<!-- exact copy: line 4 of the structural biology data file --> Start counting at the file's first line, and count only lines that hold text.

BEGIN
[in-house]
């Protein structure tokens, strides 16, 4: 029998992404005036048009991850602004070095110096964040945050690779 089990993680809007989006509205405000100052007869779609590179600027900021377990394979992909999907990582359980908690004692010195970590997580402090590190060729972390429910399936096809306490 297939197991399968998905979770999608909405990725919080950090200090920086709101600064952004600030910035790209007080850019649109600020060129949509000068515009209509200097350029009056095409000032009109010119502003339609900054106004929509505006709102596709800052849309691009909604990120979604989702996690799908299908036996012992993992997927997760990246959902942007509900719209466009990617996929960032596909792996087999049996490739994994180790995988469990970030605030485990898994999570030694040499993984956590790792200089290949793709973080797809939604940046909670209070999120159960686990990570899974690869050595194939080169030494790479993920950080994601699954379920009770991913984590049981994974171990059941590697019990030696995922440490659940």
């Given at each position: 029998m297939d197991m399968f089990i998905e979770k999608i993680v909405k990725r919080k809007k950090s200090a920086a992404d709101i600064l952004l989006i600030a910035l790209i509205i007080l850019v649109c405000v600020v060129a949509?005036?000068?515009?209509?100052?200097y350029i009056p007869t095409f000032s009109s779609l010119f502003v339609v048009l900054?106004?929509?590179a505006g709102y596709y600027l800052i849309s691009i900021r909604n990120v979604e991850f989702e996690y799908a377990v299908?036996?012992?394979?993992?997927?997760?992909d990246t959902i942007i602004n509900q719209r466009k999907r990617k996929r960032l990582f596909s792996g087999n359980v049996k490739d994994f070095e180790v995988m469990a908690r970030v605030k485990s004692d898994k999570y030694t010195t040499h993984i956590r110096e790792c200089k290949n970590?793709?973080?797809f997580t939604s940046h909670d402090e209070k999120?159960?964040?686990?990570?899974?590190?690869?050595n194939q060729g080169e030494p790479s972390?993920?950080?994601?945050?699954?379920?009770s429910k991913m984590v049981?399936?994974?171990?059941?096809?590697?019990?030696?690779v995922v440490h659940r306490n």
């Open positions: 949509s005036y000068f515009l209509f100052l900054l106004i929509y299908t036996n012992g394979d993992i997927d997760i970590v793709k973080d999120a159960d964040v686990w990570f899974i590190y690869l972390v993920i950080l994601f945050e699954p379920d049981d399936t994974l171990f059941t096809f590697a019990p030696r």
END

């Open positions: 949509s005036y000068f515009l209509f100052l900054l106004i929509y299908t036996n012992g394979d993992i997927d997760i970590v793709k973080d999120a159960d964040v686990w990570f899974i590190y690869l972390v993920i950080l994601f945050e699954p379920d049981d399936t994974l171990f059941t096809f590697a019990p030696r």